6% of women worldwide have been subject to sexual violence from a non-partner.
The reported occurrence of NPSV is very different to intimate partner violence. It is more common in higher-income countries, especially Australia and New Zealand, where it has affected 19% of women, and North America, where 15% of women have been affected (WHO). In contrast, the estimated prevalence rates in Southern Asia (2%) and Sub-Saharan Africa (6%) are much lower.
However, these estimates need to be interpreted with caution. This form of violence is also stigmatized, and in traditional or patriarchal societies, survivors are often blamed and so might avoid disclosure to reduce potential consequences. As such, actual rates are likely to be much higher than estimated for low- and middle-income countries (WHO).
Drivers of sexual violence
The drivers of violence against women are complex and multi-faceted. Research has identified several factors at the individual, family, community, and national level that are associated with higher risks of experiencing IPV.
Growing up in an abusive household can create a cycle of violence. Studies show that boys who witness their mothers being abused are more likely to become perpetrators of IPV later in life and girls who witness the same are twice as likely to experience IPV in adulthood (Kishor and Johnson 2004). Experience of childhood family aggression communicates the acceptability of family aggression, increasing the likelihood of its occurrence in the next generation (Kalmuss, D. 1984).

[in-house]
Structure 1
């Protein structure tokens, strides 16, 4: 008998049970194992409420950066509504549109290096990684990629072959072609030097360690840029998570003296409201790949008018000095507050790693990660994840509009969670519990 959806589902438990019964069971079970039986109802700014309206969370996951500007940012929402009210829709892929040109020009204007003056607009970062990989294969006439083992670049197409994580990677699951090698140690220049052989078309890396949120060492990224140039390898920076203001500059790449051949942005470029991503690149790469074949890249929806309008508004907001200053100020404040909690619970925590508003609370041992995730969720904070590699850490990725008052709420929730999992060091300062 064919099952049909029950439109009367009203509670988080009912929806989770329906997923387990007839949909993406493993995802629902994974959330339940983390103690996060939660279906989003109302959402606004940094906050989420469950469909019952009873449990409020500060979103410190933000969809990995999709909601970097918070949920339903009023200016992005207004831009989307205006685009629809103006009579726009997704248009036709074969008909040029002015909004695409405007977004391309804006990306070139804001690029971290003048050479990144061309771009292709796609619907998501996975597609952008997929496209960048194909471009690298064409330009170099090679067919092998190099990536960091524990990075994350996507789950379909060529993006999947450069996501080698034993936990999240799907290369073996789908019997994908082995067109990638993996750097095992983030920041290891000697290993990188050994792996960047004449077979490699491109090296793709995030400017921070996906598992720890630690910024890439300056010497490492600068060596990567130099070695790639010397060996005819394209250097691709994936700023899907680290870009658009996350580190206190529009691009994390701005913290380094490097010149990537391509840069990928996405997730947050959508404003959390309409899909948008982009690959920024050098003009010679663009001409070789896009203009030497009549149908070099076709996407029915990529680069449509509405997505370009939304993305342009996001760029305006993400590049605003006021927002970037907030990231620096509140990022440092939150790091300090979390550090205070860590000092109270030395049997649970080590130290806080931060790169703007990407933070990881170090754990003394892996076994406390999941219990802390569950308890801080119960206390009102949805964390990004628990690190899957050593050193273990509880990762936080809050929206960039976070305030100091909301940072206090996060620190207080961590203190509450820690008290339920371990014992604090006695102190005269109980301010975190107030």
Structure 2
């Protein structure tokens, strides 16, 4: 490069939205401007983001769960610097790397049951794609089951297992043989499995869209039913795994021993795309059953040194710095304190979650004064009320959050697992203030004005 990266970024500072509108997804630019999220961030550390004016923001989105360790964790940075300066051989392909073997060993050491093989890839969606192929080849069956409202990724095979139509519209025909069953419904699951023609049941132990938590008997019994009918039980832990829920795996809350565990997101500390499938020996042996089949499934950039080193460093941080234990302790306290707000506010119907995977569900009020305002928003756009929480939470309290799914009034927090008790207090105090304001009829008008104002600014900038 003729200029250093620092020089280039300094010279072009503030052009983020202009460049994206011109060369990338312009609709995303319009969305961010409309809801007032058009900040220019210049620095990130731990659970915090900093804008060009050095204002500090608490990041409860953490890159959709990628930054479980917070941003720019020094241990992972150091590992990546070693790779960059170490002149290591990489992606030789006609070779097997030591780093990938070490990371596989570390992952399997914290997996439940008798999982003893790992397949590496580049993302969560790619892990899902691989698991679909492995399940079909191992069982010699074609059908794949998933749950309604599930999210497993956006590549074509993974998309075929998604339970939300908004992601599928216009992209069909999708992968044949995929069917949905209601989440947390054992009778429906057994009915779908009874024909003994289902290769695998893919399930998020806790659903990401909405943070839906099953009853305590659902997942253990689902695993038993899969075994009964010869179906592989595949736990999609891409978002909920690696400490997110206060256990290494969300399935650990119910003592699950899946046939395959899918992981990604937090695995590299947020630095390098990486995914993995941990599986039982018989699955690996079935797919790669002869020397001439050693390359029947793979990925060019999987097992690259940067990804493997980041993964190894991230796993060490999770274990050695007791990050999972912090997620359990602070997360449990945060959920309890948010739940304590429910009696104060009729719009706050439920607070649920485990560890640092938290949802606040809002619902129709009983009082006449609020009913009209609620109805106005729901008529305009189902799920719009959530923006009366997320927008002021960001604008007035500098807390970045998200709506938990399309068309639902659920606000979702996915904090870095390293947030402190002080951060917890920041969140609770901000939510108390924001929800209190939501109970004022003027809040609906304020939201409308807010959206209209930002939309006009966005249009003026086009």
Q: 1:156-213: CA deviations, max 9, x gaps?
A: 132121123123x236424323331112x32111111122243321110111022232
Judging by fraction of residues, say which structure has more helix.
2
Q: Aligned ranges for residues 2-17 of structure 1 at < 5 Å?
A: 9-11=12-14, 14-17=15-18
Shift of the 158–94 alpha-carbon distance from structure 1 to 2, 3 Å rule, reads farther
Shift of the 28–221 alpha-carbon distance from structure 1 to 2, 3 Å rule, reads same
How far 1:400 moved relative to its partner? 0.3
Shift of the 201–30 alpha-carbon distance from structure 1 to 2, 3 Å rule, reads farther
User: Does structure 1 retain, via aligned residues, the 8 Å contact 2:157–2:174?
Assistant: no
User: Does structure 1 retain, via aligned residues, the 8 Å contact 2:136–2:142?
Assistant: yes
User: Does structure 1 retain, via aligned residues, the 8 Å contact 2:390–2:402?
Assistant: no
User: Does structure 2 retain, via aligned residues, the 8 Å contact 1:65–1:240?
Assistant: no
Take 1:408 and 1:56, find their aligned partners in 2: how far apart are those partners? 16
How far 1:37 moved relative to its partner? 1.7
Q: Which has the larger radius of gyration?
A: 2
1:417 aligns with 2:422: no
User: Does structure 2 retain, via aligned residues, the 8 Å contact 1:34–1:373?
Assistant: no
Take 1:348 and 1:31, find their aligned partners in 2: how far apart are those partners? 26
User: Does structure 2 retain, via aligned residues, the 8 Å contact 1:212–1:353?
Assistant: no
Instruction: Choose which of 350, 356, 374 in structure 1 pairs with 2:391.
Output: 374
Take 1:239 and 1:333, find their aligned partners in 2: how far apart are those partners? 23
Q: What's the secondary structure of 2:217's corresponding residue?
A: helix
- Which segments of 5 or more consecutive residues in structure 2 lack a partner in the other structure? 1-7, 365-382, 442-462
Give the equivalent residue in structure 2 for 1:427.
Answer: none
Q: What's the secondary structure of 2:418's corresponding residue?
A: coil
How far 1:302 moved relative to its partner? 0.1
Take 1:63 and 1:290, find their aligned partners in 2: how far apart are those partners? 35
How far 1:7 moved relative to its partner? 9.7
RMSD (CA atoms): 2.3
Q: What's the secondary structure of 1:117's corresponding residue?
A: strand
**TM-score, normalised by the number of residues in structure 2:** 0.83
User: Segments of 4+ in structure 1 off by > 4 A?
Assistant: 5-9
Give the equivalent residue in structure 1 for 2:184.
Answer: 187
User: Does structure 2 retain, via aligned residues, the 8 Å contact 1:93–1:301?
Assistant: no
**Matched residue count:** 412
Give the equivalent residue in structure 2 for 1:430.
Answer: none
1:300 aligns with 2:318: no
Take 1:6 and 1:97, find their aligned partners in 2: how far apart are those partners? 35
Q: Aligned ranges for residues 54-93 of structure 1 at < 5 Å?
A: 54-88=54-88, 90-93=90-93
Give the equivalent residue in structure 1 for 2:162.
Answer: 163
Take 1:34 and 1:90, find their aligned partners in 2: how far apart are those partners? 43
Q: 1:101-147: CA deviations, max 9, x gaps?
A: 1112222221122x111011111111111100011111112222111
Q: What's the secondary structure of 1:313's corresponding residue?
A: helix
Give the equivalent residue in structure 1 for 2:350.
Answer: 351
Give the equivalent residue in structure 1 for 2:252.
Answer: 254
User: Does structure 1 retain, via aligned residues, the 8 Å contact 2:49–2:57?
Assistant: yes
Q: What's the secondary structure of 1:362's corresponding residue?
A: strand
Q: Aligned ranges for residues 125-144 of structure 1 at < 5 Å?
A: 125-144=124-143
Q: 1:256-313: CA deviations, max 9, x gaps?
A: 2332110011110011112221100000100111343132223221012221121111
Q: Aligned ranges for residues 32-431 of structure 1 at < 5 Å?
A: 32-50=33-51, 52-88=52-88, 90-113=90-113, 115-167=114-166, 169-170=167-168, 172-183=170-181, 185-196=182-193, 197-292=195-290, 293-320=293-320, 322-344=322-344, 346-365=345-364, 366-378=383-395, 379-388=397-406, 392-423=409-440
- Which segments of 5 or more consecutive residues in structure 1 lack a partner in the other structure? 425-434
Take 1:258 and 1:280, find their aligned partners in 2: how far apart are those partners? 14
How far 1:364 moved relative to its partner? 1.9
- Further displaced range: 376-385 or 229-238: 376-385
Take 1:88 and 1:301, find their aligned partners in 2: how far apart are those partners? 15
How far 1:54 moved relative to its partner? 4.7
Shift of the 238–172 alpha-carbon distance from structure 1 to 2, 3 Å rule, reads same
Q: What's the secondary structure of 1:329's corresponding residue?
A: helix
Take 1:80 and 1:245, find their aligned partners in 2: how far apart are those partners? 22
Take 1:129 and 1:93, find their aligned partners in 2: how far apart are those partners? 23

A woman’s risk of experiencing IPV differs by type of marriage. Polygamous marriage (where one person has multiple spouses) and getting married before the age of 18 each increase the odds by 22%. A husband that often drinks to excess is also dangerous, increasing a woman’s risk fivefold (Voice and Agency report).
A husband that drinks to excess increases a woman’s risk of intimate partner violence fivefold.
Cultural norms, laws, and individual attitudes are deeply intertwined and shape the acceptability of violence against women. In countries where IPV is outlawed, women’s acceptance of it is lower, and fewer women experience violence (Voice and Agency report). In contrast, in countries such as Guinea, Mali and Timor-Leste, more than 3 in 4 people think that wife beating is justified, for as little as burning the food or going out without telling their husband. Women who agree with these justifications for wife beating are 45% more likely to experience violence (Voice and Agency report).
Sexual violence is more prevalent in areas experiencing conflict. In these situations, unequal gender norms can be predominant and unchallenged. Other unstable situations, such as displacement and natural disasters, can also increase sexual violence. For example, a multi-country study found that forcibly displaced women in Colombia and Liberia were at 40% and 55% greater risk, respectively, of experiencing IPV in the past year compared to non-displaced women (World Bank).